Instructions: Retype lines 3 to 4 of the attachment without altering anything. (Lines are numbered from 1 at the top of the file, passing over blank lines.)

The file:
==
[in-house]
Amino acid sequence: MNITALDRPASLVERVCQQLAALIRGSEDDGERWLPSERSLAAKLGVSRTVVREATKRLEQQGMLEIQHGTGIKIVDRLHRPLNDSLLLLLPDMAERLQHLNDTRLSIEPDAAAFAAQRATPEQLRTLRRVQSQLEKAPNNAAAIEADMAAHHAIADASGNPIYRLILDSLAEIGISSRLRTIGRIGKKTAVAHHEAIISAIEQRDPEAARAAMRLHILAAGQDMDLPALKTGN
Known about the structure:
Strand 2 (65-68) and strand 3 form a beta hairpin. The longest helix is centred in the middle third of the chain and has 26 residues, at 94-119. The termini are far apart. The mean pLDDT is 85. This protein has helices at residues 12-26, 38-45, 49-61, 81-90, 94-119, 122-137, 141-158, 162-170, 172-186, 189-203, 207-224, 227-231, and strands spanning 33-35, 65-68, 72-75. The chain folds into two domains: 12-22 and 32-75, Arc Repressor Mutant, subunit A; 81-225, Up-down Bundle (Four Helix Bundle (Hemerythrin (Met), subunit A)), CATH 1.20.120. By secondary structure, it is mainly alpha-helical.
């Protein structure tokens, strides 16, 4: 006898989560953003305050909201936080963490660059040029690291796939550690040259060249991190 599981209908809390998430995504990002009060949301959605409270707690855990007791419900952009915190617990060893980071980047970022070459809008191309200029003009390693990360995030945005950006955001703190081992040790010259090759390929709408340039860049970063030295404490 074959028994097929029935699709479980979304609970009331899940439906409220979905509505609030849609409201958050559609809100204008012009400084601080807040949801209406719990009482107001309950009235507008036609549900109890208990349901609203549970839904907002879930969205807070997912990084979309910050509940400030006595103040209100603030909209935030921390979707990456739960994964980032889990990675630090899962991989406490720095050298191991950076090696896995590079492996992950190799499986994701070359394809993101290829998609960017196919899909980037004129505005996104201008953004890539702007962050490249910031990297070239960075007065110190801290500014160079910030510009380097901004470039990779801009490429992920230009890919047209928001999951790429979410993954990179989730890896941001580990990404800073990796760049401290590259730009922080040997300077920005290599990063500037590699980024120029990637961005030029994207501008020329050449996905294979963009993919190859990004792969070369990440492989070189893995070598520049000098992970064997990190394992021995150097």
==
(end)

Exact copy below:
Known about the structure:
Strand 2 (65-68) and strand 3 form a beta hairpin. The longest helix is centred in the middle third of the chain and has 26 residues, at 94-119. The termini are far apart. The mean pLDDT is 85. This protein has helices at residues 12-26, 38-45, 49-61, 81-90, 94-119, 122-137, 141-158, 162-170, 172-186, 189-203, 207-224, 227-231, and strands spanning 33-35, 65-68, 72-75. The chain folds into two domains: 12-22 and 32-75, Arc Repressor Mutant, subunit A; 81-225, Up-down Bundle (Four Helix Bundle (Hemerythrin (Met), subunit A)), CATH 1.20.120. By secondary structure, it is mainly alpha-helical.